May 28, 1999
KALAMAZOO -- Albanian refugees from Kosovo are beginning to arrive in America, but it isn't the first time those victimized by ethnic cleansing in Europe have been brought to safe haven on American soil.
In 1944, during World War II, the United States brought just over 980 refugees -- most Jewish -- from Europe to an Emergency Refugee Center outside of Oswego, N.Y. The experiences of those in the U.S.' only wartime camp for refugees is told through the eyes of two teenagers in a new book written by Dr. Miriam Bat-Ami, an associate professor of English at Western Michigan University.
A novel written for young adults, "Two Suns in the Sky" was recently published by Front Street/Cricket Books of Chicago. This is Bat-Ami's fourth book and is based on an event in American history that relatively few people know about.
Located at the site of Fort Ontario, a decommissioned army base, the Emergency Refugee Center served as a holding center for refugees until plans were finalized for their return to Europe or resettlement in the United States. While many of the refugees had escaped imprisonment in concentration camps in Europe, what they found at the center was eerily reminiscent. The camp was surrounded by a six-foot fence topped with barbed wire and with a gate manned by armed guards.
Bat-Ami spent nearly eight months doing research for the book including reading historical documents and newspaper accounts and interviewing a dozen of the surviving refugees.
"Nearly every fact about the camp in this book was either told to me, heard on tapes or read by me," says Bat-Ami. "The refugees have stories to tell that resonate of times today. Many refugees left careers, money, their property and communities and were filled with anguish over the fate of relatives and friends who mysteriously disappeared. In spite of the less-than-ideal conditions in which they were housed, the camp did allow the refugees to make new lives."
On June 12, about 20 of the camp's surviving refugees will return for a reunion marking the 55th anniversary of their interment there. Bat-Ami will be present at the reunion and will give a reading from her book at 2:30 p.m. on that day at River's End Bookstore in Oswego.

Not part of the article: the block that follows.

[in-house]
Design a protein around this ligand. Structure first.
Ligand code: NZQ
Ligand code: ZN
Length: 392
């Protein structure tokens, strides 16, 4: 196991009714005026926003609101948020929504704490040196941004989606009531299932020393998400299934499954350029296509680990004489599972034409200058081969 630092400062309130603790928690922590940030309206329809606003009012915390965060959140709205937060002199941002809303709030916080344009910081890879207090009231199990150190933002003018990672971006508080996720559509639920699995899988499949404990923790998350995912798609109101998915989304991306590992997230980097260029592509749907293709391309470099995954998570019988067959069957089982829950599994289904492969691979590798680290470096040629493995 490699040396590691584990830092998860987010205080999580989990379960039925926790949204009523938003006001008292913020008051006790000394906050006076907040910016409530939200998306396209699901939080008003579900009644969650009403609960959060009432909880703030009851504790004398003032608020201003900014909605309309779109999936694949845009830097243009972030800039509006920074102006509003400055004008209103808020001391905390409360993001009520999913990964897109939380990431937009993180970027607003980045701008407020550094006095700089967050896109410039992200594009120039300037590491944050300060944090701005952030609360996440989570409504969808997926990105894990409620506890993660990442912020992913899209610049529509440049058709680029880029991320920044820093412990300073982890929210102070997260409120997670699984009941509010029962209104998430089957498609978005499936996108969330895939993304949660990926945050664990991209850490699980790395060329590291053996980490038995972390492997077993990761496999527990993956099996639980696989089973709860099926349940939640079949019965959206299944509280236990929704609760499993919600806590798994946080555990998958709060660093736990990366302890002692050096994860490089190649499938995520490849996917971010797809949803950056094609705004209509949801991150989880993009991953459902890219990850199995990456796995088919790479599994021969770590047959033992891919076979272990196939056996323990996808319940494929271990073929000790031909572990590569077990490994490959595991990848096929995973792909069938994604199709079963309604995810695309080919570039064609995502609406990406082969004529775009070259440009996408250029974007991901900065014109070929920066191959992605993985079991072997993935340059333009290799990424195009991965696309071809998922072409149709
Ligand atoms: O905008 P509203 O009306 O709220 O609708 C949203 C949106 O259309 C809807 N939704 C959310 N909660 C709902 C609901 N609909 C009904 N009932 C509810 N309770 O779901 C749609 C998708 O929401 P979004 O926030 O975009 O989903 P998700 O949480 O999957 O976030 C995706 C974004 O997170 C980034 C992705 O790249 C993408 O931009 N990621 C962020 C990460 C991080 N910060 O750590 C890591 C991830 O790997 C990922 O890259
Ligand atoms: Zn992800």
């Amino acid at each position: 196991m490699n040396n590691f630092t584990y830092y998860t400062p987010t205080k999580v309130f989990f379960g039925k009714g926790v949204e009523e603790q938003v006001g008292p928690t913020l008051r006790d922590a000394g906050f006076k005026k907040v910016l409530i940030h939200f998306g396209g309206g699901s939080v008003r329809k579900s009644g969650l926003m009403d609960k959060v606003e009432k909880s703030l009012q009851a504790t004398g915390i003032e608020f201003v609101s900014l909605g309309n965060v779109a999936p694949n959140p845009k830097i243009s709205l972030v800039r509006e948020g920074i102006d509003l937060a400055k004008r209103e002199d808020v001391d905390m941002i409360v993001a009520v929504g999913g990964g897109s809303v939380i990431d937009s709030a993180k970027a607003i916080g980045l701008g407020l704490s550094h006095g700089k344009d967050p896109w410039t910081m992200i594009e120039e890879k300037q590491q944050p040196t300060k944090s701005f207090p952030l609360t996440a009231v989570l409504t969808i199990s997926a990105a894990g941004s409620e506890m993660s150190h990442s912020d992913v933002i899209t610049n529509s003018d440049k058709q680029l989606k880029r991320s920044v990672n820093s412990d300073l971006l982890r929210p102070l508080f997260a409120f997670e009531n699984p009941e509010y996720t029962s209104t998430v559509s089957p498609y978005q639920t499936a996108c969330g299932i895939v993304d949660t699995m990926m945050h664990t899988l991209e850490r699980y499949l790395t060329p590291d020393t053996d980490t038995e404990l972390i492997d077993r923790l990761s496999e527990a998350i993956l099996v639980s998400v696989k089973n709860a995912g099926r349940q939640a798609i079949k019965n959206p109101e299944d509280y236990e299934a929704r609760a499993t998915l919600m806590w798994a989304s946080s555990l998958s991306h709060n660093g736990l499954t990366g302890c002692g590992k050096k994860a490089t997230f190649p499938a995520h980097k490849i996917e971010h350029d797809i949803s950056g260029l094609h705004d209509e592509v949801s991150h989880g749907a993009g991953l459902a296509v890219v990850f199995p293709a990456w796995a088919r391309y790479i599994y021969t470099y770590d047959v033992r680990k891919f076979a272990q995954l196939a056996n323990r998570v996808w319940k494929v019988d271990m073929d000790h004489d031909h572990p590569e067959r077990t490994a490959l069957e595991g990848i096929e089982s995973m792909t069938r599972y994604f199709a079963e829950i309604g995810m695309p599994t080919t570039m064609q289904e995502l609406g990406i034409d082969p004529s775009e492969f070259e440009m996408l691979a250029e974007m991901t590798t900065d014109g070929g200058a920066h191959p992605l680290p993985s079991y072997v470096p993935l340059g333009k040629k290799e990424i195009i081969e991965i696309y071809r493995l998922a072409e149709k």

Bat-Ami says that one impetus for writing "Two Suns in the Sky" was that, although there has been an attempt to set up a museum at the fort, most Americans, including citizens of Oswego, know nothing about the center. This is especially true of today's young adults, for whom Bat-Ami's book attempts to bring a very real and repeatable event from history to life.
The book focuses on the romantic relationship between Chris, a teenage girl from Oswego and Adam, a Yugoslavian Jewish refugee at the camp, and the issues that arise when their families object to their relationship. Also depicted in the story are accounts of the generosity and prejudices of the townspeople toward the refugees as well as subplots involving Chris' family members fighting in the war and Adam's father and brother who are still in Europe.
A pivotal symbol in the book, and in real-life accounts of the camp, is the fence that surrounds the center.
"The fence was an enormously emotional issue for the refugees and the town's residents," Bat-Ami says. "The refugees, who thought they'd find freedom in America, couldn't understand why the fence was there. At the same time, the country was gripped with paranoia about spies and other fears."
As a result, a hole under the fence developed, allowing refugees and residents to sneak in and out of the center. That hole is prominent in developing the relationship between Chris and Adam. This is Bat-Ami's first experience writing a romance, but she explains that the romantic relationship was important in telling the story of the center.
"I thought that through a love story I could speak to my readers about some things which transcend time, such as the need for freedom and the responsibility we all have to each other," she explains. "Today's high school and college students are cynical. Through Adam and Chris, I wanted to show that every positive act matters. Opening yourself up to someone else and experiencing love can give you the strength to act."
Media contact: Marie Lee, 616 387-8400, firstname.lastname@example.org
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